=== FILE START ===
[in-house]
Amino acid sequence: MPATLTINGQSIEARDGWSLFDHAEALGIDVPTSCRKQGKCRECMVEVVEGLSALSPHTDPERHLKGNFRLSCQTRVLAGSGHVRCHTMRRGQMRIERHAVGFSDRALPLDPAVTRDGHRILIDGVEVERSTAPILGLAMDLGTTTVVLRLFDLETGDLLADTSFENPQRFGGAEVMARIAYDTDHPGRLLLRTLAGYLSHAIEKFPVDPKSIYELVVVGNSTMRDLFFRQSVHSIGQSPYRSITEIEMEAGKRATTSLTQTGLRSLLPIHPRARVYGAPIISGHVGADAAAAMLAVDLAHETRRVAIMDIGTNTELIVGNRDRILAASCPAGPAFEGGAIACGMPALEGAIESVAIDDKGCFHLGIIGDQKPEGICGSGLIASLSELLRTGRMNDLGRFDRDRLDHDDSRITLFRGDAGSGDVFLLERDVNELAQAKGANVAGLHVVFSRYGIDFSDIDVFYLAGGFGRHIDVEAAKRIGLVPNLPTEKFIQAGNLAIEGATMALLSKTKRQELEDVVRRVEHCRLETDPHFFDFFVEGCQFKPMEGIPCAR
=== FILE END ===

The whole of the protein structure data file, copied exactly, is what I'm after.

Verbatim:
[in-house]
Amino acid sequence: MPATLTINGQSIEARDGWSLFDHAEALGIDVPTSCRKQGKCRECMVEVVEGLSALSPHTDPERHLKGNFRLSCQTRVLAGSGHVRCHTMRRGQMRIERHAVGFSDRALPLDPAVTRDGHRILIDGVEVERSTAPILGLAMDLGTTTVVLRLFDLETGDLLADTSFENPQRFGGAEVMARIAYDTDHPGRLLLRTLAGYLSHAIEKFPVDPKSIYELVVVGNSTMRDLFFRQSVHSIGQSPYRSITEIEMEAGKRATTSLTQTGLRSLLPIHPRARVYGAPIISGHVGADAAAAMLAVDLAHETRRVAIMDIGTNTELIVGNRDRILAASCPAGPAFEGGAIACGMPALEGAIESVAIDDKGCFHLGIIGDQKPEGICGSGLIASLSELLRTGRMNDLGRFDRDRLDHDDSRITLFRGDAGSGDVFLLERDVNELAQAKGANVAGLHVVFSRYGIDFSDIDVFYLAGGFGRHIDVEAAKRIGLVPNLPTEKFIQAGNLAIEGATMALLSKTKRQELEDVVRRVEHCRLETDPHFFDFFVEGCQFKPMEGIPCAR